How to Submit a Good Virtual Field Trip for #ESA2021
ESA Water Cooler Chat–April 12, 2021
We invite proposals for virtual field trips for ESA’s 2021 Annual Meeting, August 2-6, 2021. Field trips are encouraged to address the meeting theme, “Vital Connections in Ecology,” if appropriate, but doing so is not necessary — we welcome submissions from any topic in ecology. This water cooler chat will walk you through how to submit in the online submission site and give you best practices from people that have planned virtual field trips previously.
https://youtu.be/KxCDmpQzuIk Download the PowerPoint
- Ari Martinez, 2021 Local Host, California State University Long Beach
- Jennifer Riem, ESA Meeting Program Associate
- Jorge Ramos, Stanford University
- Angelica Patterson, Black Rock Forest
- Benjamin Bravo, Sonoma State University
Virtual Field Trip Rules
Proposals must be submitted through the online form by April 22, 2021, at 5:00 PM Eastern Time (2:00 Pacific Time). No late or emailed proposals will be considered.
Although session proposals related to the meeting’s theme are encouraged, any timely and coherent subject of broad interest to ecologists will be considered. Proposals will be reviewed using criteria described in the proposal calls.
Summary of the Conversation
ESA staff walked through all of the steps of a proposal submission showing screenshots of a form as an example. Meetings Committee members gave advice on what makes a good submission using the submission guidelines as a reference. The slides from this chat are linked near the end of this page.
In addition to the submission guidelines, the guest presenters gave advice based on their experiences running virtual trips in a range of contexts.
Here is a summary of the overall advice for submitters:
- Most mistakes can be avoided by taking the time to carefully read and follow the proposal guidelines before beginning the submission and proofreading carefully during submission.
- Field trips will be open to any registered meeting attendee. Descriptive and persuasive text for the title and session description will help convince attendees to try your trip.
- The itinerary is your chance to demonstrate to the committee how you plan to structure your trip.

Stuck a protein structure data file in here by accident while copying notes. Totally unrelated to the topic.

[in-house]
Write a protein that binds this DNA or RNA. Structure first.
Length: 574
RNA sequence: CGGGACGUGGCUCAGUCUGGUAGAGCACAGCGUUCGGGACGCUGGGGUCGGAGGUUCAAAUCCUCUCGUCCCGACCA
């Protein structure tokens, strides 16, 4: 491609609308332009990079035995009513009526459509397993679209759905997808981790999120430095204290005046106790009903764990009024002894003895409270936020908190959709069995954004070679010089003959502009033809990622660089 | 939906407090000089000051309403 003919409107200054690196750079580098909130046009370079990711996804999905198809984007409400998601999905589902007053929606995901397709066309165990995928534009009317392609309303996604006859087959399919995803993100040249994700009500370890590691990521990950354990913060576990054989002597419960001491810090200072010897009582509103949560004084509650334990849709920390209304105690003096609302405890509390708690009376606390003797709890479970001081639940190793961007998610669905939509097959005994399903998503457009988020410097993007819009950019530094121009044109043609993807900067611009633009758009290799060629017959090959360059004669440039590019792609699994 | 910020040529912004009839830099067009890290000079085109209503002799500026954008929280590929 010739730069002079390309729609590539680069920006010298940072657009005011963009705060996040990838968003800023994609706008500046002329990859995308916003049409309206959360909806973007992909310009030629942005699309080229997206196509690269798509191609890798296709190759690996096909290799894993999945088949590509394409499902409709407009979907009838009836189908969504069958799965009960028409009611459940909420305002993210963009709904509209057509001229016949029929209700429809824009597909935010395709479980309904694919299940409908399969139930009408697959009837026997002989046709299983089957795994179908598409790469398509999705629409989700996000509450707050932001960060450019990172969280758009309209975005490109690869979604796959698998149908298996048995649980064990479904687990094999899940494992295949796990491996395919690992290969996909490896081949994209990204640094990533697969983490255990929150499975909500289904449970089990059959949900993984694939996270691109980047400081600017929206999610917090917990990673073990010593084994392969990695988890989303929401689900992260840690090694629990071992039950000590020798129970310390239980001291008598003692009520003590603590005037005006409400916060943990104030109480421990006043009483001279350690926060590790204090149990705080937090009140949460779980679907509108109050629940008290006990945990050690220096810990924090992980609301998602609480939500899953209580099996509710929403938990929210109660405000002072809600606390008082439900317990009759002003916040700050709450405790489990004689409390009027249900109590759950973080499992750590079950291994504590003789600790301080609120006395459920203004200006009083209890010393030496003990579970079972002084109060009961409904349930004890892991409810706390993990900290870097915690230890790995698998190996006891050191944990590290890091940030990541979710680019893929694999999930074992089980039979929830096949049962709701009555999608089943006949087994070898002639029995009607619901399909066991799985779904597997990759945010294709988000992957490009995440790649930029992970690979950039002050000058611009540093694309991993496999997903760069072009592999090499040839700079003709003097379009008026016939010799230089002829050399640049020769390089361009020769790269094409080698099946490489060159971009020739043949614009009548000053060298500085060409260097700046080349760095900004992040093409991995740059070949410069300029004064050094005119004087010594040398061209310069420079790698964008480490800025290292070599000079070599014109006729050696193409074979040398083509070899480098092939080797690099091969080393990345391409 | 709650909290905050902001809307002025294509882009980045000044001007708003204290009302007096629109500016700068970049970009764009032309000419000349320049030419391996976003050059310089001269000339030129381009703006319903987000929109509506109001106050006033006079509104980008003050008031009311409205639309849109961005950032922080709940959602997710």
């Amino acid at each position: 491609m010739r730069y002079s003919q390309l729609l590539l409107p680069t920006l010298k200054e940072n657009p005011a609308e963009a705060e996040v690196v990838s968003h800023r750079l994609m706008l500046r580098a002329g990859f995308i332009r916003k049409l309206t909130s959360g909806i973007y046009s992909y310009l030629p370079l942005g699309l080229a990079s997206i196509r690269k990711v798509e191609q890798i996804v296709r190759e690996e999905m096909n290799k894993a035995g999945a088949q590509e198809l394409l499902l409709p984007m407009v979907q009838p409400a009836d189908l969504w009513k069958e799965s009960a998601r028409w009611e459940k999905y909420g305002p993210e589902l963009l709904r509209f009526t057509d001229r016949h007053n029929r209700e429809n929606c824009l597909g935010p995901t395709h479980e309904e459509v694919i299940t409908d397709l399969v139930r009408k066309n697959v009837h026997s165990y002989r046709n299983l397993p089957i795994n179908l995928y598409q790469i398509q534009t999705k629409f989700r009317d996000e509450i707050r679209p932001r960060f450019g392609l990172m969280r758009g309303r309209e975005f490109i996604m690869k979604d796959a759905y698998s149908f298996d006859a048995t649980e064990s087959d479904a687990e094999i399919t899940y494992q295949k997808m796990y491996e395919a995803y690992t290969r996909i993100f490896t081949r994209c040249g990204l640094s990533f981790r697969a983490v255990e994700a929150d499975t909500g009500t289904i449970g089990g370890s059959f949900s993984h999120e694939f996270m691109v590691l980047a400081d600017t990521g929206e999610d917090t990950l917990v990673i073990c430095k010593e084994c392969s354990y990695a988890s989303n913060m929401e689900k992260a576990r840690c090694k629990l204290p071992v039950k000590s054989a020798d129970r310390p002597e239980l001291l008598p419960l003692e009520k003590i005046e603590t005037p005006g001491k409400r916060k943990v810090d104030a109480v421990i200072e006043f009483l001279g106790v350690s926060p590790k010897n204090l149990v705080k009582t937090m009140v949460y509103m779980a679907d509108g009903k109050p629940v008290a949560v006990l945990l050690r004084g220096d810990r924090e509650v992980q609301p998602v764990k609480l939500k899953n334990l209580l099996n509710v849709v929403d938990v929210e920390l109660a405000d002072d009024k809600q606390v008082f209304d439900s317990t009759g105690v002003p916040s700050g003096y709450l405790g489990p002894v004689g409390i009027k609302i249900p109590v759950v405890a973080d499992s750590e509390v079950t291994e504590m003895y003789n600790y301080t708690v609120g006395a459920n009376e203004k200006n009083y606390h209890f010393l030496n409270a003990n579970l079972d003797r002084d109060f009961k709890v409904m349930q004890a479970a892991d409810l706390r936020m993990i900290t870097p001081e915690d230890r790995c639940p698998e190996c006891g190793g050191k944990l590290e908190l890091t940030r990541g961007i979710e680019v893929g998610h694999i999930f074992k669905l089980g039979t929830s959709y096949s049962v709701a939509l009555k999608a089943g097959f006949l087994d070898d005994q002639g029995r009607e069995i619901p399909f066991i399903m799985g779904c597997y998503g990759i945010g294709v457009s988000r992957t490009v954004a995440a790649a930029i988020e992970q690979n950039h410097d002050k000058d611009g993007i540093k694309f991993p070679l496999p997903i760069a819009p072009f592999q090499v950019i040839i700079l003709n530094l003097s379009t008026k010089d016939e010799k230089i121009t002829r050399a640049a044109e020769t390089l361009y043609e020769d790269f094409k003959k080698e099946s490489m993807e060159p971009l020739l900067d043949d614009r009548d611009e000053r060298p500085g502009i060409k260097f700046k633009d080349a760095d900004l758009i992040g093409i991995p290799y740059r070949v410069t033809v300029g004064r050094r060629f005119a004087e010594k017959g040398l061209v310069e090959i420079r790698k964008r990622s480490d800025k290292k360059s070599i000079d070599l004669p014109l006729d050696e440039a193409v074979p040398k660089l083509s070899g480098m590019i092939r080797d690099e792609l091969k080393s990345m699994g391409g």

- This is a new and innovative format and field trips that actively engage attendees are what the committee is looking for.
- Virtual trips will have 60 minutes of dedicated live discussion time (in Zoom) and can also include uploaded files for attendees to access in advance (video, photos, handouts, field guides, other references).
- Live discussions could include pre-recorded videos (for example, videos captured along a trail walk) with live discussion (organizer speaking over the video or pausing it periodically to note important features). They could also include photos or a slideshow with images.
Field trips should include only sources that the trip organizer has permission to use. These could be resources created by the trip organizer, that the organizer has permission to use, or that are available for general use (public domain, royalty free, Creative Commons, etc.).
Good starting points for planning a virtual trip, as recommended by the guest panelists:
- The Virtual Field
- #Scifund Challenge
- Video Making Resources – OBFS Working Group (Google Drive folder)
The guest panelists demonstrated a range of field trip approaches, from simple to complex, all of which were designed to reduce barriers to participation. A trip does not necessarily need to include video – it could rely on photos instead.
- Photo examples
- Google Photos (360) This should be a google photo album with only 10 photos. The title of the album is called “Fairfield Osborn Preserve_ Go Pro (subset)”
- Google Street View (Fairfield Osborn 360 photos). This would take viewers to a single photo (of a fallen tree). At the bottom of this photo, viewers would be able open a google map and select other google street view photos.
- Mapillary: 360 photo tour
- ThingLink 360 photos & tour (limits)
- Google Photos examples from a course (please do not download these)
- Video examples
- Video tour of Jasper Ridge, example from 25 students speaking 3 minutes each.
- Black Rock Forest videos: 2D walks, 360-degree virtual hikes, and live video feeds feature unique trails or habitats for science exploration with an immersive experience.
- Ecosystem Exploration videos, overview)
- Examples from Latino Outdoors
- Multimedia Mapping examples
- Tools & Technology
Links Shared During the Chat